opinion

Long Live the Avatars

Gregory Piccionelli
The motion picture “Avatar” has become a global phenomenon, breaking virtually every box office record ($2 billion at the time of this writing). But in addition to great financial success, the film has also succeeded in introducing a worldwide audience to the concept of remotely controllable versions of persons in the form of avatars.

If you haven’t yet seen the movie, I highly recommend that you do. It is not only a great sci-fi flick, it is also, in my opinion, required viewing for forward-looking adult entertainment entrepreneurs who would like a glimpse of things to come. I say this because both the story’s concept of a remotely controllable personal avatar in a strange world, and the immersive computer generated imagery technology used to make the movie, are rapidly becoming integral parts of the virtual worlds phenomenon that many believe will dominate the next phase of the Internet.

Like the main character in “Avatar,”a human who controls a genetically-custom-made alter ego avatar that lives in an alien world, participants in online 3D worlds interact through self-selected and often highly customized digital actor avatars. Perhaps this highlights another reason for the film’s success, perhaps by tapping into something fundamental in our nature that desires a personal avatar. After all, people are buying tickets in record numbers to see a film about avatars at the same time they are joining online virtual worlds in record numbers to interact with each other as avatars.

But it may well be that the current exponential growth of interest in online virtual worlds and the unprecedented popularity of “Avatar” is more than just a coincidence. According to Jon Landau, the producer of “Avatar,” in a recent interview with CNET News, online “virtual worlds are another avenue for people to be creative and tell stories.” As virtual world technology evolves, he predicts “People (will) go in and record their stories and present their stories, just like they do (now) with You Tube.”

Taking that sentiment a step further, according to Internet pioneer Brian Shuster, creator of the popular adult virtual world RedLightCenter, we are coming to the end of the era of what he calls “The Flat Web” as we transition to a 3D web where virtual world technology becomes the norm.

Indeed, many technologies needed to support such a transition to an avatar driven immersive web environment already exist and are improving at a breakneck speed. Take for example the issue of quality of the avatars or “synthespians” (a term I coined in the early 1990s for digital actors) in virtual worlds. While most online “worlds” currently support avatars that look like computer game characters, high quality “photorealistic” avatars have already been developed that are virtually indistinguishable from a video of a real person.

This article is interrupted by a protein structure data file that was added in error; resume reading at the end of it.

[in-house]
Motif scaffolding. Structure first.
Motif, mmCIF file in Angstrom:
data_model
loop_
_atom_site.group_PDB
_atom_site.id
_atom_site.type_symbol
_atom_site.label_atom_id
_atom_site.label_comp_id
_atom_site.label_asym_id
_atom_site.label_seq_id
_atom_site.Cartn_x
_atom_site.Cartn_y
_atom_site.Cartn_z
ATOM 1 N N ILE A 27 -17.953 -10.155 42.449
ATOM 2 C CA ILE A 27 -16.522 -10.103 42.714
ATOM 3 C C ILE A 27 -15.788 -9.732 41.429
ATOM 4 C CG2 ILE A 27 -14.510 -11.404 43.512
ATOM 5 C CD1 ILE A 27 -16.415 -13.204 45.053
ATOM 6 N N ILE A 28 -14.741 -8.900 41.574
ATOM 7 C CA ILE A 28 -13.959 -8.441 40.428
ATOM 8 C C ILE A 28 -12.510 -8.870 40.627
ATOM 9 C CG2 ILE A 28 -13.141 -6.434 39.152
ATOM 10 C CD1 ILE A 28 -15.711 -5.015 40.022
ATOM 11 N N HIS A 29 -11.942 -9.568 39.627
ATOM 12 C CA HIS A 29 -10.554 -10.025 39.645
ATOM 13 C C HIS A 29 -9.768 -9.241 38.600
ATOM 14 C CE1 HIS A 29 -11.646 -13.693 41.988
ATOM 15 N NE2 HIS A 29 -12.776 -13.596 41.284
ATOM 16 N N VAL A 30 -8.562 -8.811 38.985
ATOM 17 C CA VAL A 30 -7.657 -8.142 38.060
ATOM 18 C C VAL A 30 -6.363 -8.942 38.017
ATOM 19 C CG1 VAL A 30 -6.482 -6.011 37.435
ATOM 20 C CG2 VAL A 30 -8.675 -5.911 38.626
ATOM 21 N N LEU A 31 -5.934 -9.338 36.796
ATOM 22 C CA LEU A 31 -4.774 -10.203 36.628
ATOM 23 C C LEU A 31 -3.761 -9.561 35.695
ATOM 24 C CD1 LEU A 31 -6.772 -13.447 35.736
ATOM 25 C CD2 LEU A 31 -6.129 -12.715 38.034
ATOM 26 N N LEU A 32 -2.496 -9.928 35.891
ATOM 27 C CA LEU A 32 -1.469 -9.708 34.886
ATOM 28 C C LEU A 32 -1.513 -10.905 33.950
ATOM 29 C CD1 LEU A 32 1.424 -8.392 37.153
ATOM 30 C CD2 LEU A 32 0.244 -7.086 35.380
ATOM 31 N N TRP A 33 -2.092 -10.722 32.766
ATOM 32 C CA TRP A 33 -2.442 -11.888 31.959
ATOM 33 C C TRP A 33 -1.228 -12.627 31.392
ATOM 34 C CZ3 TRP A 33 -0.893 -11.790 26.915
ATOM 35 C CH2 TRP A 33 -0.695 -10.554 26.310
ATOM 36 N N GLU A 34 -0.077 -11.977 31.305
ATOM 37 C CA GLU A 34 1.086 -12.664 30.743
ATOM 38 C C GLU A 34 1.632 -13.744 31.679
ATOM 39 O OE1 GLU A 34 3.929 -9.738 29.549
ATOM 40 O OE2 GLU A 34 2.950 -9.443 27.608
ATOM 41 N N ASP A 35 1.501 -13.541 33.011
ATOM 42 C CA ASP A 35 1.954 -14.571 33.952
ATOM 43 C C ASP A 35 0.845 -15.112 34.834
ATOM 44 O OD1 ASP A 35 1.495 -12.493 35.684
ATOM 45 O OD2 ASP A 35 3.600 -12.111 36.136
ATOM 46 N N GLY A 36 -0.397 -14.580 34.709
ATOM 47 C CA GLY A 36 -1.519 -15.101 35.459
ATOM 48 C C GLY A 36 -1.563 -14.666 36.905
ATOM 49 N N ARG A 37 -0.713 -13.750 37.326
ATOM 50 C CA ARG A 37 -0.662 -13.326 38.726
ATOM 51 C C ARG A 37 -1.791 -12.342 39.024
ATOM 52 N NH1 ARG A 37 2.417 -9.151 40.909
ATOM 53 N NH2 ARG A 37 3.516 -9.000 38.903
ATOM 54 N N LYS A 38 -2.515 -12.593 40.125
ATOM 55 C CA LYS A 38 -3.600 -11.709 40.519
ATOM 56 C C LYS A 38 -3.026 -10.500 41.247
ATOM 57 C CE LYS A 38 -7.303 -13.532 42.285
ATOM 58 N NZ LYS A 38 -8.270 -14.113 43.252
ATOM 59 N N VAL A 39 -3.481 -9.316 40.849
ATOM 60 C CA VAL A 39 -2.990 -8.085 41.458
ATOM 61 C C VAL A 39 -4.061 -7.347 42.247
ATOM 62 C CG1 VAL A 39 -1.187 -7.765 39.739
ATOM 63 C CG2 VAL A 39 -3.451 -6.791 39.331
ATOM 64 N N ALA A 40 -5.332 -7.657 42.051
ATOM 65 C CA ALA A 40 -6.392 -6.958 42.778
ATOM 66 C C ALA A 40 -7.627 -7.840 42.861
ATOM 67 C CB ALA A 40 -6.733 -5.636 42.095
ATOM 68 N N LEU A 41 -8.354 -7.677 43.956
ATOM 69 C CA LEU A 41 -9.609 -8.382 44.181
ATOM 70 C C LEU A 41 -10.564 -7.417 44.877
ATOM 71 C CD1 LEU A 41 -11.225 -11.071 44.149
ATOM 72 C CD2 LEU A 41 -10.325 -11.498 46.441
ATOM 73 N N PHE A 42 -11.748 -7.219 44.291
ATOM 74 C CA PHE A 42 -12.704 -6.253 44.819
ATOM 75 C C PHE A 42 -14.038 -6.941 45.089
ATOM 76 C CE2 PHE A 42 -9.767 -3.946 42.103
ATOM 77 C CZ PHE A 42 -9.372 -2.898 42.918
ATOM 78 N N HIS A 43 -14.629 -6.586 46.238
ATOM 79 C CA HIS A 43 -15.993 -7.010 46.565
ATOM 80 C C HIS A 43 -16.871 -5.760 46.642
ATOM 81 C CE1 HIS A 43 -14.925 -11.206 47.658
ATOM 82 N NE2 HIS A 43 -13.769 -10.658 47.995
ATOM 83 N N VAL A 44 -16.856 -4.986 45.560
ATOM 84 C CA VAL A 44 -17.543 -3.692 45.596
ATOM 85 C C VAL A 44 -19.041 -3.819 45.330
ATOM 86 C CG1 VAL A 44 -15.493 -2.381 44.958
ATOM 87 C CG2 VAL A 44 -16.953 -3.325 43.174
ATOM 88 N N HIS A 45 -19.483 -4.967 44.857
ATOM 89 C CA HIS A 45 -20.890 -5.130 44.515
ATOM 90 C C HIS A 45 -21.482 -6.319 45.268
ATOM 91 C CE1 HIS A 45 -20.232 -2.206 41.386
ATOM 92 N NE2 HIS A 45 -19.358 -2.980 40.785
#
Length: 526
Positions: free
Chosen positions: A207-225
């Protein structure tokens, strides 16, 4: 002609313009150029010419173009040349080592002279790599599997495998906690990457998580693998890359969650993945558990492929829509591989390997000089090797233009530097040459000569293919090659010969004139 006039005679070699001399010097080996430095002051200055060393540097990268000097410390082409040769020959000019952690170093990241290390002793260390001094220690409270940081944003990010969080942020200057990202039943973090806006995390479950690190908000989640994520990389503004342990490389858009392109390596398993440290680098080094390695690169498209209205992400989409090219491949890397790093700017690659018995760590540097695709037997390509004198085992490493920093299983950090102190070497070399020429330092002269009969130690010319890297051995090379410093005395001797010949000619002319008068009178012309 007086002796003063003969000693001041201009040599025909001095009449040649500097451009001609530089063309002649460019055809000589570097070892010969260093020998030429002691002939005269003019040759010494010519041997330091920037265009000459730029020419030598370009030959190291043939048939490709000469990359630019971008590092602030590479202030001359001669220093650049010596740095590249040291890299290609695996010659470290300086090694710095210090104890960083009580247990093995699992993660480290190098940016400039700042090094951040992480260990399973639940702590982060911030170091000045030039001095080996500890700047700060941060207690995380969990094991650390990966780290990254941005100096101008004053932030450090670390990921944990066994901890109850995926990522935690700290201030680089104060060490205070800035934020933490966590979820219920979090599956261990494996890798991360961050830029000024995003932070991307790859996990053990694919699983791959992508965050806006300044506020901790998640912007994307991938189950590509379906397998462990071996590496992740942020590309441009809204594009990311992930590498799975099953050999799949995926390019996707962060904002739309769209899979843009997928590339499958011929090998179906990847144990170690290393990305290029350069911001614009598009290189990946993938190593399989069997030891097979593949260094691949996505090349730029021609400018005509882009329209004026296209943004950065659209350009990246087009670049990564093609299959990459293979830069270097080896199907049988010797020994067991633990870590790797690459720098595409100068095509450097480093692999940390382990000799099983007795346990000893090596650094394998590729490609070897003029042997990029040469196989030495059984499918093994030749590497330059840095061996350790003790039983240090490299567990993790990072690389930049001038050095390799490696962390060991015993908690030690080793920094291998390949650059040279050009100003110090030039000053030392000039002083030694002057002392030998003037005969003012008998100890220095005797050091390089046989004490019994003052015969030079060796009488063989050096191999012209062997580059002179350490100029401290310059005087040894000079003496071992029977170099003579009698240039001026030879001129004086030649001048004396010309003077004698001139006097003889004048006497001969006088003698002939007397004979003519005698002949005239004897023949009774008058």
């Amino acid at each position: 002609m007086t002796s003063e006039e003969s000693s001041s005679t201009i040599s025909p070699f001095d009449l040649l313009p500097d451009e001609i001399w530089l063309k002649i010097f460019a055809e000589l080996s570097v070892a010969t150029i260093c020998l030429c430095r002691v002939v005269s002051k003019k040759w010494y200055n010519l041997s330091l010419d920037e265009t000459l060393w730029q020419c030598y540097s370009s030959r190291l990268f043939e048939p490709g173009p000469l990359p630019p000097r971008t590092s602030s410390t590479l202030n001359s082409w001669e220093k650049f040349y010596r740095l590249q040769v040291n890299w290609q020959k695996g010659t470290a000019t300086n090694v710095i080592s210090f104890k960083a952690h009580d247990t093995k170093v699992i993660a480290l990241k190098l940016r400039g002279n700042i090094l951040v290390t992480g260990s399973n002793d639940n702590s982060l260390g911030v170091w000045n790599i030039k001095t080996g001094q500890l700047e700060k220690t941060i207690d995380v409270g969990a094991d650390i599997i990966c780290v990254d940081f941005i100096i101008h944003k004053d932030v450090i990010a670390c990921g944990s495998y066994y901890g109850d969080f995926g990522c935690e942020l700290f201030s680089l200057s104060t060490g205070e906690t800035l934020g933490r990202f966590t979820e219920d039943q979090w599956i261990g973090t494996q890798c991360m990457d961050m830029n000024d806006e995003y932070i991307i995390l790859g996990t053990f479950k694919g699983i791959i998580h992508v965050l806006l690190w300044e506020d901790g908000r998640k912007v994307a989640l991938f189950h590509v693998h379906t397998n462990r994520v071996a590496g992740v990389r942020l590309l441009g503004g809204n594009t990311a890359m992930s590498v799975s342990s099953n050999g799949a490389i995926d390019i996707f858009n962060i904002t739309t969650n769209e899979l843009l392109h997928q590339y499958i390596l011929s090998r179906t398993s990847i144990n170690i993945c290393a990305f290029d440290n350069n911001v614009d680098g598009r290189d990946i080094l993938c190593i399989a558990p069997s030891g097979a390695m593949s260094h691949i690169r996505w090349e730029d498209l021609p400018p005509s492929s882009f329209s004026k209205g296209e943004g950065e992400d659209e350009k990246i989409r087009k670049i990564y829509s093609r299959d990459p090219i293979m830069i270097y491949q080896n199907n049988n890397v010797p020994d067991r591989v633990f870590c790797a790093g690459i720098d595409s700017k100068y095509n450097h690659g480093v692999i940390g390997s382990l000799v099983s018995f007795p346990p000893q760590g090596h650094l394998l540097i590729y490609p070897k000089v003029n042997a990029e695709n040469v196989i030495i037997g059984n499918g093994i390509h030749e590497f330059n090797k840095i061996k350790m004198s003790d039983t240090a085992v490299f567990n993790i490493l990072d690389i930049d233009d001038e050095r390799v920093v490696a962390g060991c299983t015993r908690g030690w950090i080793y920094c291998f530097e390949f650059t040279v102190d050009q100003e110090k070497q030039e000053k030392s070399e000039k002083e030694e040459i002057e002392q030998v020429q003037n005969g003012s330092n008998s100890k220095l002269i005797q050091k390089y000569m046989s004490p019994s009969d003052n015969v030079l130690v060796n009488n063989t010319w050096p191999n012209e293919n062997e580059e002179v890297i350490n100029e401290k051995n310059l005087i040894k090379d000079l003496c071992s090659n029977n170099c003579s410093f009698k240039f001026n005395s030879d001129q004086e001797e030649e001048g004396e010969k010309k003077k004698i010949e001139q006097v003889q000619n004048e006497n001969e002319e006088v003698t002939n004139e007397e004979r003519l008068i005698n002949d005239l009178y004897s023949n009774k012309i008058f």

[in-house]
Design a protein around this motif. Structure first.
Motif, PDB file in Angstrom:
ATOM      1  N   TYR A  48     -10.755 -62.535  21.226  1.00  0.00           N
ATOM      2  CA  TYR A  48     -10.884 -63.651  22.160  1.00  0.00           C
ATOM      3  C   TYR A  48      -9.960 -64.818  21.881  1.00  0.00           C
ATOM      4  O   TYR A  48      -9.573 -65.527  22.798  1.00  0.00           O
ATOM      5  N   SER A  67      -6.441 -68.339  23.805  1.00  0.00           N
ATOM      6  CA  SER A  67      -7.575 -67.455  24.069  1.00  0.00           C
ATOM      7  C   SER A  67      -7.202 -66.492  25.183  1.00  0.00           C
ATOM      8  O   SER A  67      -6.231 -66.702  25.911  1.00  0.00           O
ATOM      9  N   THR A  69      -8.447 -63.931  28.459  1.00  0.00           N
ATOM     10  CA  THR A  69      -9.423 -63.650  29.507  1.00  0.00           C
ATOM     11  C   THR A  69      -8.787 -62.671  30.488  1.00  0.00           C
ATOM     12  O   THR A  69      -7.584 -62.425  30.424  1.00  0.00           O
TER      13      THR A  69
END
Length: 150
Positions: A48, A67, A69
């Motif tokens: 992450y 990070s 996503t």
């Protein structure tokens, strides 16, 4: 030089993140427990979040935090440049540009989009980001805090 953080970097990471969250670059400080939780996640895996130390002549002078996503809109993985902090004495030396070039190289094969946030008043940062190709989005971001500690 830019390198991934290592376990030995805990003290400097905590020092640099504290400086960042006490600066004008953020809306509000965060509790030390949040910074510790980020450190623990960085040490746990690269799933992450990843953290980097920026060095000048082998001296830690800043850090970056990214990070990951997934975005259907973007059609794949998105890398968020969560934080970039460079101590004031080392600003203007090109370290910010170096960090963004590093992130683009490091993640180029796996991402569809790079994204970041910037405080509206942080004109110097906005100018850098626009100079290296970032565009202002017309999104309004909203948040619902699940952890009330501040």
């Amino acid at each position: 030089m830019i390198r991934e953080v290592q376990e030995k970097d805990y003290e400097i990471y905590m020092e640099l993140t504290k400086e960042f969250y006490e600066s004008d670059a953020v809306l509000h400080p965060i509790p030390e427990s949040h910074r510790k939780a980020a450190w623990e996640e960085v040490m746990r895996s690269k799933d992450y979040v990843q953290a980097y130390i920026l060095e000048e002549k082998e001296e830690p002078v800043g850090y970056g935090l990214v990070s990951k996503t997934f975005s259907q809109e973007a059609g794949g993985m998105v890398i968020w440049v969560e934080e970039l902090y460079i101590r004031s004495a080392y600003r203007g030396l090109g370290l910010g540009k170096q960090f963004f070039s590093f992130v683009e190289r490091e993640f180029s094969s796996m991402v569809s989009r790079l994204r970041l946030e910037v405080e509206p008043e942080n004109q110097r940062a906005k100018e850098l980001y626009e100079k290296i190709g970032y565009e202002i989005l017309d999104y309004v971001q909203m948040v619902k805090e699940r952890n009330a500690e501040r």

For a good example of just how realistic avatars can be using today’s technology, check out “Emily” at www.youtube.com/watch? v=UYgLFt5wfP4.

As the digital actor technology develops, more and more content will involve avatars. This is because of another Hollywood technology known as “motion capture” or “performance capture” that records the movements of human actors, and then uses the recorded data to animate digital actors in 2D or 3D computer renderings. Used in association with a digital actor that is a photorealistic synthespian, this technology allows one actor to provide a performance that is viewed by the audience as having been performed by another.

Increasingly, veteran special effects artists, like Will Anielewicz of George Lucas’ Industrial Light and Magic, are predicting that computer-generated digital actors will soon be indistinguishable from real actors. In an interview with journalist Asahi Shimbun, Anielewicz said that stunt actors will be the first to be replaced by digital doubles. “We can now accomplish such realism with digital stunt doubles that it’s pretty much making stunt actors obsolete.”

It isn’t difficult to imagine how the combination of photorealistic avatars and performance capture could someday impact adult entertainment.

Especially considering that 3D avatars can now be created from laser scans of adult performers that capture a high definition digital representation of all the topographical features of the actress or actor for about $3,000.

Once scanned the performer’s likeness can be mapped over an indefinite number avatar wireframes providing the possibility of unlimited future content creation depicting the performer as he or she looked at the time of the scan.

Other technology allows digital animators to create 3D digital “skins” for wireframe synthespians from pre-existing 2D video or photographic content.

But for the present, the expense of performance capture technology and photorealistic avatar creation remains prohibitively high for all but the most sophisticated adult content production companies, such as Digital Playground who used the technology in “Pirates II: Stagnetti’s Revenge.”

But like most digital technologies, the cost of performance capture and photorealistic avatar creation are expected to decrease substantially over time and will likely soon be affordable for many more adult and non-adult content production companies, and then, eventually, for the general public.